The earliest records of ancient religions in Israel, Babylon (now Iraq), and Greece all refer to a place where the souls or "shades" of people who have died go to stay. This was often depicted as somewhere deep underground. But the idea that this land of the dead was reserved to punish wrongdoers didn't arise until some time in the first millennium BC, in tandem with the belief that this subterranean world housed an infernal (lower, inferior) god.
Initially, this underground world was sometimes a place where greater gods banished lesser gods. The anti-god Ahriman, for example, of the ancient Persian religion of Zoroastrianism (7th-6th century BC), took up residence beneath the Earth in the House of the Lie, amid every sort of filth and stench, after being defeated by the supreme god, Ahura Mazda. Ancient Israelite religions depicted Belial, a demon god, as Lord of the Abyss, an undersea pit. Likewise, Moloch, a god to whom child sacrifices were made throughout the ancient Middle East, was Lord of a subterranean kingdom of flaming lava.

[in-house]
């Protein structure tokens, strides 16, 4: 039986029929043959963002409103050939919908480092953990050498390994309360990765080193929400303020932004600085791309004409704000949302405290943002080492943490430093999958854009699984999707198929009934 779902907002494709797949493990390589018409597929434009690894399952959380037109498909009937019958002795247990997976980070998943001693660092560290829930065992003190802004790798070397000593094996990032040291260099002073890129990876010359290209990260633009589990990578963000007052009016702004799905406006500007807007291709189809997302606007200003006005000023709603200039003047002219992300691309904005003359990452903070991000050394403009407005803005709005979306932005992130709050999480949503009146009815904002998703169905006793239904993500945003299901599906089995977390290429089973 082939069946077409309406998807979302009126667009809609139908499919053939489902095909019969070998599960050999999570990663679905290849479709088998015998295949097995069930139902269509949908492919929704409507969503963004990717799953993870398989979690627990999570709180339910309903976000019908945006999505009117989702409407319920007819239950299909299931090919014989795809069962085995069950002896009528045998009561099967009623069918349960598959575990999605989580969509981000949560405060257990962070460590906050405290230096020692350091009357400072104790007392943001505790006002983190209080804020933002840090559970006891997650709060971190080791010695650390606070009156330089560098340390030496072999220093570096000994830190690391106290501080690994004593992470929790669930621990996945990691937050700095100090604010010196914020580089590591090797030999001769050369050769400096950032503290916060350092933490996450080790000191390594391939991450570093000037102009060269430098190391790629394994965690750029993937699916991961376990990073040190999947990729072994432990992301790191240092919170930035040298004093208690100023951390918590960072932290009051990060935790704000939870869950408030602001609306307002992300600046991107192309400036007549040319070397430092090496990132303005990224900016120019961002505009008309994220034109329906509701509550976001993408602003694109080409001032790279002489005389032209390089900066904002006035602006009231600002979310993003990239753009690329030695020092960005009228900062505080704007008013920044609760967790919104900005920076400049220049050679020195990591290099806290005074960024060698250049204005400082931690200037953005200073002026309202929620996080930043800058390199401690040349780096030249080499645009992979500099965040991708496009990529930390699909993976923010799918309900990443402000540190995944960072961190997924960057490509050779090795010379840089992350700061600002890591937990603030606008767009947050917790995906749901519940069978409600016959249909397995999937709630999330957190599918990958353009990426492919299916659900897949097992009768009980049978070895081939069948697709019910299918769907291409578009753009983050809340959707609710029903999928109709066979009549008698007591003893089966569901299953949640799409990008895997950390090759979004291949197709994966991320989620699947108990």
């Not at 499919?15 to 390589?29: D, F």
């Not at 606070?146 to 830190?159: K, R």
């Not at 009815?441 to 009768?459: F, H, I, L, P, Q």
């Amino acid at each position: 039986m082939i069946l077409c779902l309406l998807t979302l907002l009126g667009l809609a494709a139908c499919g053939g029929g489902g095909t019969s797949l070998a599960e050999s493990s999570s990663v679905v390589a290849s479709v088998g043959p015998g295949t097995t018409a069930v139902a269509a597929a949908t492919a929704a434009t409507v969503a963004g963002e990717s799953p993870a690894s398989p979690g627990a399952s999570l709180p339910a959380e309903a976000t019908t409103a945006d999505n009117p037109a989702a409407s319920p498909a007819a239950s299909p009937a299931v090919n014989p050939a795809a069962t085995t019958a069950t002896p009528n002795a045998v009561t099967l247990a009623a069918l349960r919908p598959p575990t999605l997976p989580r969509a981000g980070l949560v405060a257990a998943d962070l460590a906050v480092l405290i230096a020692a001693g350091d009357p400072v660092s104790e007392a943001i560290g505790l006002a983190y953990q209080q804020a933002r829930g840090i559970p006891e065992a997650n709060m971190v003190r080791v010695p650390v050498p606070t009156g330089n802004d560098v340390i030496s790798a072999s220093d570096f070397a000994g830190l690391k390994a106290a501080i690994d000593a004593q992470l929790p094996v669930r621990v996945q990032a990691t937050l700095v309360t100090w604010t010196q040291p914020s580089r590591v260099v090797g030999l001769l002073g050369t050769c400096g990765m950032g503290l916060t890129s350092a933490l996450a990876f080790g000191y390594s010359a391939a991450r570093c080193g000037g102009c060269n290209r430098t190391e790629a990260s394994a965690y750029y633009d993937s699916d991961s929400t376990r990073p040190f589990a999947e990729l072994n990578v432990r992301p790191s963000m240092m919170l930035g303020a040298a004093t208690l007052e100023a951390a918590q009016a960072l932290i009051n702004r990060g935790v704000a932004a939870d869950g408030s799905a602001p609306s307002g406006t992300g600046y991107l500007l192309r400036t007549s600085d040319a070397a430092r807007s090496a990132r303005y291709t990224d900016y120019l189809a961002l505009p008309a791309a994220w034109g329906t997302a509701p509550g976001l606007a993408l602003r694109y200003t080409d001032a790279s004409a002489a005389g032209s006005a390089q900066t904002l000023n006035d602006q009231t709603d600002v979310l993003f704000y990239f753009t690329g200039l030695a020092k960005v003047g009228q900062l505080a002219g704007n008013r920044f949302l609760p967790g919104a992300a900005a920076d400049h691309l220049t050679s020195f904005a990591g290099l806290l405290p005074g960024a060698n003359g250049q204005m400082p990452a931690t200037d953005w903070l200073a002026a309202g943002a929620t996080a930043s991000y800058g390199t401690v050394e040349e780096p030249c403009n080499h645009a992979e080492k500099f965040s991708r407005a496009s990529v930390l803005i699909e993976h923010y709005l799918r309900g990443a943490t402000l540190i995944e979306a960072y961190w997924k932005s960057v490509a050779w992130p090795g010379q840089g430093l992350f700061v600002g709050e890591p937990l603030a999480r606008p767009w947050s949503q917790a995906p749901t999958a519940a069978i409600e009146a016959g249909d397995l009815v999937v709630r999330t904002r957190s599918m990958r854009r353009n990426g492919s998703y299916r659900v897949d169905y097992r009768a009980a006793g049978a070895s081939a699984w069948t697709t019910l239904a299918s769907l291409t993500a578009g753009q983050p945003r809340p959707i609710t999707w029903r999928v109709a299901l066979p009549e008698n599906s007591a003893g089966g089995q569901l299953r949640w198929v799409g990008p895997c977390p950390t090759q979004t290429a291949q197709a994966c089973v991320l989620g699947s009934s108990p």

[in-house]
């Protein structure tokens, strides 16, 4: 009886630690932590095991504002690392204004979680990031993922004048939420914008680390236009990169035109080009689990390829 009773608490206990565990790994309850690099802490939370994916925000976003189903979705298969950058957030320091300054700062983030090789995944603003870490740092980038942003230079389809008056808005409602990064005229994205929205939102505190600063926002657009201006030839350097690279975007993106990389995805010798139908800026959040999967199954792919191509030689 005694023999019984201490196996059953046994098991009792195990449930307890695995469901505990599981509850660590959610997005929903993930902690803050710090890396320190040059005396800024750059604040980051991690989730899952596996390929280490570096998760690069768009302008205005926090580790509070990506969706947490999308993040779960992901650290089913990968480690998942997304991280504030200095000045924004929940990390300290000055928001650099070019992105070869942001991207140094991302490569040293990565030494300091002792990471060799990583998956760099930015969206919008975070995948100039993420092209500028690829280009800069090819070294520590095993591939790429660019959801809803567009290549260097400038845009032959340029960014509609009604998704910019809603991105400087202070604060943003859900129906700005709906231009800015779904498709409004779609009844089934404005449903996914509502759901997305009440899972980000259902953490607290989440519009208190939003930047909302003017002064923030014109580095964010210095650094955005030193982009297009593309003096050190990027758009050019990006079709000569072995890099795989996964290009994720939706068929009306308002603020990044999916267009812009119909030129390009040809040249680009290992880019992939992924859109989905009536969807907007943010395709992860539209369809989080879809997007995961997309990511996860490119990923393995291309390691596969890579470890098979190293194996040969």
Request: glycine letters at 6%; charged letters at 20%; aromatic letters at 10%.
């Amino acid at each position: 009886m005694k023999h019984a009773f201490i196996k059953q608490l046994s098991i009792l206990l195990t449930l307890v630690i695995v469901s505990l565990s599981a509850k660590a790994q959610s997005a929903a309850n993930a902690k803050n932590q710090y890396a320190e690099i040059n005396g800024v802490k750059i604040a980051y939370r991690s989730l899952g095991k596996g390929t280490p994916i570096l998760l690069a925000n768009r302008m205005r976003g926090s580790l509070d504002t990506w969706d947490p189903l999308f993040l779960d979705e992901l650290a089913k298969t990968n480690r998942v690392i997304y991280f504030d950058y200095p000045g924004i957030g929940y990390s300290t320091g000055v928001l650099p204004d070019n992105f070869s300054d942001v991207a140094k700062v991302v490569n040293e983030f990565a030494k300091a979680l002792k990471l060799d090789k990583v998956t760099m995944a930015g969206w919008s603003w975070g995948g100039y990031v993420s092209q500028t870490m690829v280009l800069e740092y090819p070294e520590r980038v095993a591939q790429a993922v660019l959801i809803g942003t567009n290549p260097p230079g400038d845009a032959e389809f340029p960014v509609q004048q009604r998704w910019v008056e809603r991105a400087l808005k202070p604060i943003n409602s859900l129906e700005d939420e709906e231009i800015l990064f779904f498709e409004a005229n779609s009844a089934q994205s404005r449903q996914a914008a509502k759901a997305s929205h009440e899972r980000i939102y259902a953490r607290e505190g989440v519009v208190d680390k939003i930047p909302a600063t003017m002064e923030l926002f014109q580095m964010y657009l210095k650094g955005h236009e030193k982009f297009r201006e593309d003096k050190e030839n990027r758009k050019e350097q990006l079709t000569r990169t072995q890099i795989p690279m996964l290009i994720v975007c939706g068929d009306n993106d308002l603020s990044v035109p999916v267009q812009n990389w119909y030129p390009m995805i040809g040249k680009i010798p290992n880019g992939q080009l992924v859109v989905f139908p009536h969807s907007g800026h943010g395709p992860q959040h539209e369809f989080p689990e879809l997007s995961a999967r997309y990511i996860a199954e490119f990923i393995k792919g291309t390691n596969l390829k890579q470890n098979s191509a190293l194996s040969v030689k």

Eventually most of these devil-realms were combined with Sheol (the "Grave"), making this Near East concept of a depository of ghosts a place of torment. The Old Testament describes Sheol as a dark and dusty city with high, impregnable walls and barred gates--a place of no return for both good and bad souls. Not until the 6th century AD did Catholic Christianity modify the Sheol concept, articulating a vision of Hell (an Old English word meaning "covered place") that has endured to modern times: a place where the sinful are sent to burn in eternal fire.
The Bible lacks any explicit statement about Satan ruling Hell, however. It was other early Christian writings that assigned him the role of Hell's warden.